See more than 1,000 animals of 300 different species, from elephants and gorillas to piranhas and penguins, in naturalistic exhibits at the Woodland Park Zoo. Drop by at scheduled feeding times and talk with the people who care for the animals.
Bill Speidel’s Underground Tour
608 First Ave.
After the Great Seattle Fire of 1889, the city was rebuilt over the top of the ruins. This guided tour takes visitors through the hidden subterranean passages that once were the main roadways and storefronts of old downtown Seattle and tells stories of the frontier people who lived and worked there.
The Seattle Public Library
1000 Fourth Ave.
Designed by world-renowned Dutch architect Rem Koolhaas, the award-winning glass and steel structure of the new Central Library makes the building seem a little off-kilter and translucent – allowing passersby on the street to look in.
A short, narrated cruise takes you to an island village, where you’ll feast on salmon cooked in the authentic Native American way. A stage show of traditional dances and stories entertains and teaches you about the people who lived in the Northwest first.
In addition to lunch and dinner cruises on Elliott Bay, as well as cruises through the Chittenden Locks in Ballard, on the lakes (including a cruise by Bill Gates’ estate,) and to Tillicum Village, Argosy offers some theme cruises. One of the most popular is the annual Beatles cruise, where fans of all ages gather to twist and shout to the songs of local cover band The Nowhere Men. Special cruises for Mother’s Day, Father’s Day, Fourth of July fireworks, live jazz and other excuses to float around on the water are listed on Argosy’s website.
Ride the Ducks of Seattle
Tour Seattle by land and sea in an amphibious World War II vehicle. The popular tour includes downtown attractions and then takes to the waters of Lake Union for a look at those famous houseboats, yachts and the city skyline.
Private Eye on Seattle – “Jake” (probably an alias) reveals all the gory details for true-crime fans on her two tours of Seattle crime scenes. She revisits the peculiar cases of Ted Bundy, Bruce Lee and Jimi Hendrix. Her Haunted Happenings Tour makes the rounds of Seattle’s creepiest places, including an elegant hotel, the mortuary and a haunted theater, in search of the city’s resident ghosts.
5th Avenue Theatre Tour
Take a free tour of this Seattle landmark, built in 1926 for vaudeville and silent movies and restored to its former splendor in 1980. The theater’s opulent design was inspired by the Forbidden City and other palaces of Imperial China.
Kenmore Air Scenic Flights
See Seattle from a new angle – 1,000 feet up. Daily scenic flights by seaplane from Lake Union carry you past the Space Needle, the downtown waterfront, Green Lake and more.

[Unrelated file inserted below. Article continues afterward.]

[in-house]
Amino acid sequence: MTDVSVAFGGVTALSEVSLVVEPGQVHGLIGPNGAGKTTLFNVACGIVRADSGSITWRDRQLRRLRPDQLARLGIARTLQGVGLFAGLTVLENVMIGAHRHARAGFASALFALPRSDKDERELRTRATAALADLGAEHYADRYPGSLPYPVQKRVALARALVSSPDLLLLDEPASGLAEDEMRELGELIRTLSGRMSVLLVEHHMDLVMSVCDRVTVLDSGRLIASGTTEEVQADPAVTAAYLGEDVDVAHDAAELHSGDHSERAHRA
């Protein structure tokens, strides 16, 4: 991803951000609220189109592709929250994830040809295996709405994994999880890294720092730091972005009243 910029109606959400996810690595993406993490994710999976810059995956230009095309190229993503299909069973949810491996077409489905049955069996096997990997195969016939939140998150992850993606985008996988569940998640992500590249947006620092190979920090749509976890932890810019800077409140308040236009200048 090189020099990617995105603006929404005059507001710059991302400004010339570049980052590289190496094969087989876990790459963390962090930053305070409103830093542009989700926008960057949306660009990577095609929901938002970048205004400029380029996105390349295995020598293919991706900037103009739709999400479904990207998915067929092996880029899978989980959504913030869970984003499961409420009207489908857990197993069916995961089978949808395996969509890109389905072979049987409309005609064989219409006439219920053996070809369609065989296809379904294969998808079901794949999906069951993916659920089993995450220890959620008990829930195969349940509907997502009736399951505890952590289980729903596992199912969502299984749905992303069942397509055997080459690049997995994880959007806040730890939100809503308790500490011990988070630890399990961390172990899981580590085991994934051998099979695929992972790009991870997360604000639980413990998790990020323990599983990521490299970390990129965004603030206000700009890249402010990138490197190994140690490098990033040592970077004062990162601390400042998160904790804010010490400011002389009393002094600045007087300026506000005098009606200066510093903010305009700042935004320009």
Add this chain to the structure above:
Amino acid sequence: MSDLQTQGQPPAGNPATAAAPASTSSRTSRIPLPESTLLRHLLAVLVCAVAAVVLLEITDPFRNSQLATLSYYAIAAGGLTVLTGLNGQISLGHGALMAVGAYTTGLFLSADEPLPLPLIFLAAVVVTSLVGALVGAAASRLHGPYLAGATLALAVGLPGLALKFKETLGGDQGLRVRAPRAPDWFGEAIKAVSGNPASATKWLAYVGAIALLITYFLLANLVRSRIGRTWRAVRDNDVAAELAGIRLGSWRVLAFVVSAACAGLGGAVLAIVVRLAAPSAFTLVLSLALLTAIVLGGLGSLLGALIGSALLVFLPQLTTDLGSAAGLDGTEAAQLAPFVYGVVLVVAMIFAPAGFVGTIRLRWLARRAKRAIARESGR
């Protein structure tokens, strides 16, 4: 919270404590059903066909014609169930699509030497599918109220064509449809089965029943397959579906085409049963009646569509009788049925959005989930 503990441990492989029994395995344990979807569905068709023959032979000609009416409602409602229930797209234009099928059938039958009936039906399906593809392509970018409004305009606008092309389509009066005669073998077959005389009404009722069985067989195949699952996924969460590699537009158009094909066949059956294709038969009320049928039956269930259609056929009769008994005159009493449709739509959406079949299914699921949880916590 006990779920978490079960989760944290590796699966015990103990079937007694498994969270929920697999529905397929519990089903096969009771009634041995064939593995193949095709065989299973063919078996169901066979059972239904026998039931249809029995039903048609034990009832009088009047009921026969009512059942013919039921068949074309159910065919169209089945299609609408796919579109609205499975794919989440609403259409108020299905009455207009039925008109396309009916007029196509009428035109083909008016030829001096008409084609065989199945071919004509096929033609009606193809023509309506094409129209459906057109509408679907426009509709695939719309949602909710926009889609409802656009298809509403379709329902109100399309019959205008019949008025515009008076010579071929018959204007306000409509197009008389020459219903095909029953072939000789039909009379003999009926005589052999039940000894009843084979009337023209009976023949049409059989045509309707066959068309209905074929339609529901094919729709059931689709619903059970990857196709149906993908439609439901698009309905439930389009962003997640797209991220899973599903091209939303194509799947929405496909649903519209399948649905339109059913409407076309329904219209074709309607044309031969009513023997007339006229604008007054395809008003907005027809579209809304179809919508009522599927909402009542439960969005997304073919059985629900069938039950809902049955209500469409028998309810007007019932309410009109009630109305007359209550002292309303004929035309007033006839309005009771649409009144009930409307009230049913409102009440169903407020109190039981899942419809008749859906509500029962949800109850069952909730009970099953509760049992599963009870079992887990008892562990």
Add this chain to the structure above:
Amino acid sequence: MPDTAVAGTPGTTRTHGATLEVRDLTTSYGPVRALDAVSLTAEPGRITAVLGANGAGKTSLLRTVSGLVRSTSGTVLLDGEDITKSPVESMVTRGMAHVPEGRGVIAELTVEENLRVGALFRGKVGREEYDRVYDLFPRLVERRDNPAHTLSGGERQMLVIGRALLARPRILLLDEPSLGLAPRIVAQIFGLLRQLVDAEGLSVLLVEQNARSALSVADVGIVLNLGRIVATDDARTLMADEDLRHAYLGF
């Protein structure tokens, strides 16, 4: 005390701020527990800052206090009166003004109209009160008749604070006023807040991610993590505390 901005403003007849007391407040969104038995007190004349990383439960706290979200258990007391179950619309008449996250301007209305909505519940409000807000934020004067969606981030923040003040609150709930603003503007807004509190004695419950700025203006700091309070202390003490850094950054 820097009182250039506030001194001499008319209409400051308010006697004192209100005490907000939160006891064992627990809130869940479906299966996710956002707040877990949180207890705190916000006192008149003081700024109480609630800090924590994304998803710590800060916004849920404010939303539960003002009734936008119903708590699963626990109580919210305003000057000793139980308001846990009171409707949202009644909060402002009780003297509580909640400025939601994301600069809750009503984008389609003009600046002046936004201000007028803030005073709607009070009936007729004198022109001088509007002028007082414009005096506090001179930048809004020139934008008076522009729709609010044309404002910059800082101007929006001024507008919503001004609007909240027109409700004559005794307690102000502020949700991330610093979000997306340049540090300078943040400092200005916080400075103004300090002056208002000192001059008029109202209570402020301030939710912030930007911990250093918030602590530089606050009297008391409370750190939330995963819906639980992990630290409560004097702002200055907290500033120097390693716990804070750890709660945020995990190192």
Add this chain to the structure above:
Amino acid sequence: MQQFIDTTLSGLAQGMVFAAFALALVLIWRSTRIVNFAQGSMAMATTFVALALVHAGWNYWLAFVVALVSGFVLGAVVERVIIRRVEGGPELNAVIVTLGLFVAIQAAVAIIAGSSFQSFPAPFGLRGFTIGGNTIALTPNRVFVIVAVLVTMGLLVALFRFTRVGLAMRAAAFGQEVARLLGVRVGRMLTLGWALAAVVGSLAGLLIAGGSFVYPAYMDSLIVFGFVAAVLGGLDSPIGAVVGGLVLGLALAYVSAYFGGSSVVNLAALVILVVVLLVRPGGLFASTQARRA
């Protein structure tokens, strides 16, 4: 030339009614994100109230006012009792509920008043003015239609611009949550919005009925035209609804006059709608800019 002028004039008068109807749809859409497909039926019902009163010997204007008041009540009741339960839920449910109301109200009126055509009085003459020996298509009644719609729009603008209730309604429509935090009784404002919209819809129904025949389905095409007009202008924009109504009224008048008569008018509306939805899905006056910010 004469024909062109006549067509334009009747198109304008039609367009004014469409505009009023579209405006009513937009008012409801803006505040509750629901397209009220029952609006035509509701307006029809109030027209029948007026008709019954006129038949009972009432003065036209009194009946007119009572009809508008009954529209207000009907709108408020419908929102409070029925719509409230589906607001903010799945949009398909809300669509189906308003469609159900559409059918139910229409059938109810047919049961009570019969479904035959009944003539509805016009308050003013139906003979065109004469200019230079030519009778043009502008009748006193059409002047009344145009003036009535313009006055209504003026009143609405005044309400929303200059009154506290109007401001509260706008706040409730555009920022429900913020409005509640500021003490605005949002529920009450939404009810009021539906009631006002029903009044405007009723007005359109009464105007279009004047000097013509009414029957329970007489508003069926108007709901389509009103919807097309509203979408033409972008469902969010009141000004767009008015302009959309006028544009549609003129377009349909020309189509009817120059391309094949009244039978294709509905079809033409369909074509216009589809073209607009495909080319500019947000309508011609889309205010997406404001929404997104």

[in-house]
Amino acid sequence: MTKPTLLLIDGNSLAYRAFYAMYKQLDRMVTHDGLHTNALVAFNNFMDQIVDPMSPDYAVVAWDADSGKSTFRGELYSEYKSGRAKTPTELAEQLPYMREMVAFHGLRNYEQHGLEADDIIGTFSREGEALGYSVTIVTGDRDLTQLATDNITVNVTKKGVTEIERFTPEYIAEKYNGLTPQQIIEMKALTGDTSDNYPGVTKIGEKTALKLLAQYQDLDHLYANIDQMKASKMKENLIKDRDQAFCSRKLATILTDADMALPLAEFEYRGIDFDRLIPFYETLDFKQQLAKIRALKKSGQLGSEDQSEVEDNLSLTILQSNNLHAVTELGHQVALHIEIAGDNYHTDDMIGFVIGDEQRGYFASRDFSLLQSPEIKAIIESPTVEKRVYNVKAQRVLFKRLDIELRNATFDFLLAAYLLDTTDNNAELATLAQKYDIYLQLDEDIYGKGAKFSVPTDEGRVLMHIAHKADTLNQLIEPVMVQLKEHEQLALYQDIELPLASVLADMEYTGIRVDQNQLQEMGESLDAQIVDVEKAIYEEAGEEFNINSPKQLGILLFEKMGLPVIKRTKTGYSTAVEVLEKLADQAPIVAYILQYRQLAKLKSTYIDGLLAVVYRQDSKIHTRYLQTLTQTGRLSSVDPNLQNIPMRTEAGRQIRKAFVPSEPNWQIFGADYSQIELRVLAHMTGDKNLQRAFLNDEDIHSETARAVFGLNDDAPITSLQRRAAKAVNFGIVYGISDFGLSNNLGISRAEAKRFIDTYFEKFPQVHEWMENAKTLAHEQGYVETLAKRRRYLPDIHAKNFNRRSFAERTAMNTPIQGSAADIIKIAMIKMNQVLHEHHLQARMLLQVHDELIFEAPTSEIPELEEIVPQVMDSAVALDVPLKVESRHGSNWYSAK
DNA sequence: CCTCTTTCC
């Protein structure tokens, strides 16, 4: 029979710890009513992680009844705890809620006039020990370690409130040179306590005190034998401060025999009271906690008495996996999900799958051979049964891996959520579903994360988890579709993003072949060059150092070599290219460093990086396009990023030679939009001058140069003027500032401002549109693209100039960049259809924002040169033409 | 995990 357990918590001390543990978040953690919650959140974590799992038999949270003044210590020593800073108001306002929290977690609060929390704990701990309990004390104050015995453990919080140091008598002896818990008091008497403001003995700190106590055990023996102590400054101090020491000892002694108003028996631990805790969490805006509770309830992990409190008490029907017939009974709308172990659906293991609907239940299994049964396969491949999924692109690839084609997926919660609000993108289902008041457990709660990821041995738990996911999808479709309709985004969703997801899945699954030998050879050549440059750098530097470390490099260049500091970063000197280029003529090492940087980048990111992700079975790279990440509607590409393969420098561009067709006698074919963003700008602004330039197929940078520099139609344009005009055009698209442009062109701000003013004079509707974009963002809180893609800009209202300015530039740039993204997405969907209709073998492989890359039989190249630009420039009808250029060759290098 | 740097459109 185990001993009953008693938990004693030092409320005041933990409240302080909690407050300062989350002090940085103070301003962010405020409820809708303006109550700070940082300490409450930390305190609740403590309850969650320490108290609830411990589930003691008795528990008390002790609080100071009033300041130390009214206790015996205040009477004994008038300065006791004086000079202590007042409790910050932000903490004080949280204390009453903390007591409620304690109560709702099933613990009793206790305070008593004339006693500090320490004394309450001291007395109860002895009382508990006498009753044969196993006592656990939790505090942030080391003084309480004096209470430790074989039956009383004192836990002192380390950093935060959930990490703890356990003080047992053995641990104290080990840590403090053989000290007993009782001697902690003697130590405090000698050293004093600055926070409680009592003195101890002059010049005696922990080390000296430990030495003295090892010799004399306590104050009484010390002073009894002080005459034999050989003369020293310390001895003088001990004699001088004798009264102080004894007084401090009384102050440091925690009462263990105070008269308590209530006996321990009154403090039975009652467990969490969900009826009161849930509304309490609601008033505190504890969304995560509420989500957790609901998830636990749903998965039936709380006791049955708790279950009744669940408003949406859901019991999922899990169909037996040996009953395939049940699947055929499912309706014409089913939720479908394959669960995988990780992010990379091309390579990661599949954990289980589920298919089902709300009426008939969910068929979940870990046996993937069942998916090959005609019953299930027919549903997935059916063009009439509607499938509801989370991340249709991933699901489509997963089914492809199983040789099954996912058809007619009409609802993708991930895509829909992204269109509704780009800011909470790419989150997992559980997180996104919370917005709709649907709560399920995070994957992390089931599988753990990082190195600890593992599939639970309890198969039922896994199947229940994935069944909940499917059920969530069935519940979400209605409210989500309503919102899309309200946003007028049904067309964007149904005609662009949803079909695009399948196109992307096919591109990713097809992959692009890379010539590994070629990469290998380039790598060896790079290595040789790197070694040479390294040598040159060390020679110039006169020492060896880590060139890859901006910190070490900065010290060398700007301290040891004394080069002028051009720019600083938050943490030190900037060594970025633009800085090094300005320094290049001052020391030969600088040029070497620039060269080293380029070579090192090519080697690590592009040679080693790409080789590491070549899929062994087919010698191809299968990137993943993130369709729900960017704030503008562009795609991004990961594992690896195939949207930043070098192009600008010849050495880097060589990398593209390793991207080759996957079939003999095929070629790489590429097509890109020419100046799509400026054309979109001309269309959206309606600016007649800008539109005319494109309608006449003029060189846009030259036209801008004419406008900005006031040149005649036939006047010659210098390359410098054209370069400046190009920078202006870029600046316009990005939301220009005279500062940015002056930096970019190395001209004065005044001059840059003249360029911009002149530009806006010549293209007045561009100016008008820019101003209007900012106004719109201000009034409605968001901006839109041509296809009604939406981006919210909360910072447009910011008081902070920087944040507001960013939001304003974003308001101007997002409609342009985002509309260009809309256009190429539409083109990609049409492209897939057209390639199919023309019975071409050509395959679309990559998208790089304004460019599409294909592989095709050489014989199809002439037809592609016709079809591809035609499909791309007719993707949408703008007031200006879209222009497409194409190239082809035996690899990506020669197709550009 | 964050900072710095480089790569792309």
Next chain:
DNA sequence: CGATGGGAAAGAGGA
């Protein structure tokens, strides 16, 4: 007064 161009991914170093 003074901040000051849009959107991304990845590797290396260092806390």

Qwest Field Tours
Sports fans, don’t miss this behind-the-scenes look at the home of the Superbowl champion Seattle Seahawks and the Seattle Sounders FC. The tour takes you through the open-air stadium, including a luxury suite, the visitors’ locker room and the field.
Safeco Field Tours
For baseball fans, a visit to Seattle would not be complete without a tour of Safeco Field, home of the Seattle Mariners, where you can get a look at the famous retractable roof. You’ll visit the press box and luxury suites, the dugout, the field and visitors’ clubhouse.
Chinatown Discovery Tours
Customize your tour of one of Seattle’s most fascinating neighborhoods to focus on music, art, herbal medicine, acupuncture or shopping. Be sure to sign up for a tour that includes dim sum at lunchtime, or choose “Nibble Your Way Through Chinatown.”
Classic Biplane from Olde Thyme Aviation –
Suit up in old-fashioned barnstorming regalia, including a leather jacket and goggles, for your flight in a restored, open-cockpit biplane over Seattle and the region. You’ll take off from the Museum of Flight at Boeing Field in South Seattle.
Seattle Architecture Tours
The nonprofit Seattle Architecture Foundation offers a number of guided tours, exploring downtown buildings, skyscrapers, historic theaters, public art and other fascinating aspects of Seattle’s architecture.
Seattle City Tours
Orient yourself on a three-hour premier city tour. Local guides share their knowledge on this scenic narrated drive to Seattle’s most popular attractions and neighborhoods. Small groups with stops along the way. Pick up from most hotels.